Stranded assets should not be part of a long-term investment strategy of pension funds, according to a proposed amendment to the European pension fund directive.
So-called stranded assets should “not be part of a long term investment strategy” the proposal states – adding that pension funds should have “effective mechanisms” in place for detecting such risks.
The directive, the Institutions of Occupational Retirement Provision (IORP), was first enacted in 2003 and is currently undergoing revision at the European Parliament and the concept of ‘stranded assets’ popularised by Carbon Tracker has made its way into the most recent draft thanks to Dutch Green MEP Bas Eickhout.
Eickhout’s amendment is to Recital 34 of the draft and adds to original wording proposed by the European Commission, the executive arm of the European Union, which states that ‘low carbon and climate resilient infrastructure projects are often non-listed assets and rely on long term credits for project financing’.
The new amendment adds this wording: “Conversely, so called “stranded” assets that derive their value from the assumption that raw materials can be used in the future even though their use would be contradictory to Union social or environmental policy (including health) should not be part of a long term investment strategy and pension schemes should have effective mechanisms for detecting such risks.”The move has been made on behalf of the Greens – European Free Alliance (Verts-ALE or Greens-EFA) group at the Parliament and comes via Eickhout’s role as a ‘shadow rapporteur’ at the powerful Committee on Economic and Monetary Affairs (EMAC) at the Parliament.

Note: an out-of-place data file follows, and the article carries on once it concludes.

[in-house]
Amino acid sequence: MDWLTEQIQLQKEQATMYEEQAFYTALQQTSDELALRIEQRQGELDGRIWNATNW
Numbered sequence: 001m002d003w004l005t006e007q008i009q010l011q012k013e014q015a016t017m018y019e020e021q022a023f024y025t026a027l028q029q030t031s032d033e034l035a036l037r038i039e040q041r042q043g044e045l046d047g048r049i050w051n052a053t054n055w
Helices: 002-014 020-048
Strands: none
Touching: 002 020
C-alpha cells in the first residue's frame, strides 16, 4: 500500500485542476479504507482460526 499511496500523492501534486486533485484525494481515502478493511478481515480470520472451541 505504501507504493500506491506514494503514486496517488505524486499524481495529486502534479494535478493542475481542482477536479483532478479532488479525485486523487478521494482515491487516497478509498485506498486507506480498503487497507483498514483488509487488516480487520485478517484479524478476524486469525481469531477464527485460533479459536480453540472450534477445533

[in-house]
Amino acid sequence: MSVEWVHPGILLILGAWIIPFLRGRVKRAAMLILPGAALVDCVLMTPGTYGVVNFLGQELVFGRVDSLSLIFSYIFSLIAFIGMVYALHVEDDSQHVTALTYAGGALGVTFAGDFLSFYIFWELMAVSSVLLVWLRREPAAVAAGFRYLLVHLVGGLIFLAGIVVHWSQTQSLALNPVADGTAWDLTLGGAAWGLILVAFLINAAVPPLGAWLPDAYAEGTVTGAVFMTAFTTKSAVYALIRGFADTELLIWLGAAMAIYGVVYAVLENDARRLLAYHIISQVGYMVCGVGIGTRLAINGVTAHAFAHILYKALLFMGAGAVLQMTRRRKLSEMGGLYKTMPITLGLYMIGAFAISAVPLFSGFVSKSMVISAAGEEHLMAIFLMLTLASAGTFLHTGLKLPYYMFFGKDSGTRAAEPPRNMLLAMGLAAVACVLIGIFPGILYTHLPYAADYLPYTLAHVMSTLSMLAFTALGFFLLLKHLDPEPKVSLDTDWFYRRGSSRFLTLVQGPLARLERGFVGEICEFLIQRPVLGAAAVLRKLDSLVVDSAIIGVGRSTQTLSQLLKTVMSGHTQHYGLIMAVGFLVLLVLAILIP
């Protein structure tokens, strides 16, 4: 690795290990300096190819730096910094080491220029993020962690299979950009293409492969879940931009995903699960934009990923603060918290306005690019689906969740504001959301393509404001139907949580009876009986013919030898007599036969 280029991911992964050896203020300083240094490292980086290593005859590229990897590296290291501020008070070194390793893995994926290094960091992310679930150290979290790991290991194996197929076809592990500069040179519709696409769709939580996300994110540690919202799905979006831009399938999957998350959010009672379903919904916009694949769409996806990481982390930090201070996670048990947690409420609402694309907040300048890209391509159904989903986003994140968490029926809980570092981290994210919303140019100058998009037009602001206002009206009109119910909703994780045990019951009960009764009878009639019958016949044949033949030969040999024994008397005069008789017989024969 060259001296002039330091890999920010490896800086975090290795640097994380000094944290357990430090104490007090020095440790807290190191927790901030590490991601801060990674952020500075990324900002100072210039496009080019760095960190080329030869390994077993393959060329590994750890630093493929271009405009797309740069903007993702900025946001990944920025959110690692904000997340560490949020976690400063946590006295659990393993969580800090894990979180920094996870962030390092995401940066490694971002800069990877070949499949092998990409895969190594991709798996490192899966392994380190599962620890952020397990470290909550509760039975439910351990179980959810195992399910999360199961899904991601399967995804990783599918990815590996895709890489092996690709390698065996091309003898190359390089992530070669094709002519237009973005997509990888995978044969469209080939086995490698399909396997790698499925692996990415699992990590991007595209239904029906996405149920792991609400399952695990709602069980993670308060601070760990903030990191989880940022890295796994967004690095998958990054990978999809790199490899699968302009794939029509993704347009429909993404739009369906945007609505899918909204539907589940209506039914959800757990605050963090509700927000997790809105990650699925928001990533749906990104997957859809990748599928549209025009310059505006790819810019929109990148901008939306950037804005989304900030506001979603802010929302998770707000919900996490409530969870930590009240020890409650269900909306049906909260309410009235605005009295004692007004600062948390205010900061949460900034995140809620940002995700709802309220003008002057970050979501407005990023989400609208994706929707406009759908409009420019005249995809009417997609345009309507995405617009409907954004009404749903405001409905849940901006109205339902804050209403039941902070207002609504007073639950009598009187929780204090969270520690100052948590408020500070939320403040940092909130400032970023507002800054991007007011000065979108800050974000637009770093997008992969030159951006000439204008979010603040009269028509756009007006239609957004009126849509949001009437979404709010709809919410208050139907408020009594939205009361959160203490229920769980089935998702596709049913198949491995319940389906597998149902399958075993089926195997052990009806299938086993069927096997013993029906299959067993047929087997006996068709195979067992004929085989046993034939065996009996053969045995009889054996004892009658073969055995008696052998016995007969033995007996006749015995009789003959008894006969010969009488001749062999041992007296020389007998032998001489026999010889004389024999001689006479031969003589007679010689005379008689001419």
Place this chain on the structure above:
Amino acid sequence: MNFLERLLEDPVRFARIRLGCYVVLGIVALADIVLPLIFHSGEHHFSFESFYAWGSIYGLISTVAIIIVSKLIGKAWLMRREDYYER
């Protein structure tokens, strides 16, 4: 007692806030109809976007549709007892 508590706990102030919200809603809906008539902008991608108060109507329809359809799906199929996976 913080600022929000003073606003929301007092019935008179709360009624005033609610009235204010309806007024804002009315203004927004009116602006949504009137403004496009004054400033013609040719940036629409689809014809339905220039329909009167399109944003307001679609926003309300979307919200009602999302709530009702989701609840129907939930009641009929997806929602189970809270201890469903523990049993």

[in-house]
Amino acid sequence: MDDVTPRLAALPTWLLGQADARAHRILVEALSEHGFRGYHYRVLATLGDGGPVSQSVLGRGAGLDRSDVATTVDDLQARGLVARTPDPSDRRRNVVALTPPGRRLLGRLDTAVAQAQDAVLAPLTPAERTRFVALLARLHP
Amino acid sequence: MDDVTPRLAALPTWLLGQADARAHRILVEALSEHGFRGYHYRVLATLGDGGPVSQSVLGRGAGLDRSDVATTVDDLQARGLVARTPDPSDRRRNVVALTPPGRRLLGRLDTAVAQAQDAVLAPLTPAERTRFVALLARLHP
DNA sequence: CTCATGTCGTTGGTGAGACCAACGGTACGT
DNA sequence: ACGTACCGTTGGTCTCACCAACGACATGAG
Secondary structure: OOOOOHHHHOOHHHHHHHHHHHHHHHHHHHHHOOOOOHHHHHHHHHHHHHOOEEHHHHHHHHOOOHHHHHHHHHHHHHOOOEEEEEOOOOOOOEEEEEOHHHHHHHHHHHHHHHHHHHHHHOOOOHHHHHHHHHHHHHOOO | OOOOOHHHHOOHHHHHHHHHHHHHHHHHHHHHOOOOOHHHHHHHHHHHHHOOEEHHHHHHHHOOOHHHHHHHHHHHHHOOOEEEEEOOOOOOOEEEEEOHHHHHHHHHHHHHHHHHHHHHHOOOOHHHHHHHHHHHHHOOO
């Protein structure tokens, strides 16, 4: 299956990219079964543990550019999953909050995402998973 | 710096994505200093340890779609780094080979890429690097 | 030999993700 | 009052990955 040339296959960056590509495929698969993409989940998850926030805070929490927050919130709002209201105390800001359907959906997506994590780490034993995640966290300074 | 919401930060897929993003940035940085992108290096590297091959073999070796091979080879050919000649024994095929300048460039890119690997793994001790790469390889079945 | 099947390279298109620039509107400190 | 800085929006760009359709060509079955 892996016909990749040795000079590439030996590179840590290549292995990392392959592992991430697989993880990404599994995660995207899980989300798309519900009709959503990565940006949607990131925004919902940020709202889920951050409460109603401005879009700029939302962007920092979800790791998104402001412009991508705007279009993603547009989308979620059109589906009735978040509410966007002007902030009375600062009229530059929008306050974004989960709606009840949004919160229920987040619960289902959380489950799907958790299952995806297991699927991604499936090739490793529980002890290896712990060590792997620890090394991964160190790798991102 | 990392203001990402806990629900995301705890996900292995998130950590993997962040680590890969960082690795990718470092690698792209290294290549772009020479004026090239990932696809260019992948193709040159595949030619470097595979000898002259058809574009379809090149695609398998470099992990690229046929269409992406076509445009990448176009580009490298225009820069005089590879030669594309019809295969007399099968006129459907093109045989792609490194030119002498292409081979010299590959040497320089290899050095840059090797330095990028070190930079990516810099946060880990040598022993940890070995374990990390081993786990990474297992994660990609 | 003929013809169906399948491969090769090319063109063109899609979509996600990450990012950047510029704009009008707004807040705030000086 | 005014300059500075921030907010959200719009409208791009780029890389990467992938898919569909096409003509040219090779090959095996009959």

“Pension schemes should have effective mechanisms for detecting such risks.”
The rapporteur helps shepherd legislation through the EU system and the rapporteur for IORP at the committee is Brian Hayes, an Irish MEP for the Fine Gael Party aligned with the Christian Democrats.
Another amended wording comes from Anneliese Dodds, a UK Labour MEP, with her text calling for institutions, as part of their risk management system, to produce a risk assessment that “should cover, inter alia, environmental, social and governance risks”.
The IORP directive in its current form was adopted 12 years ago – after much wrangling – with the aim of ensuring full investment freedom of pension funds (Article 20 laid down the prudent person investment principle) and to facilitate cross-border activities. It is now being recast in what is being termed IORP II. Link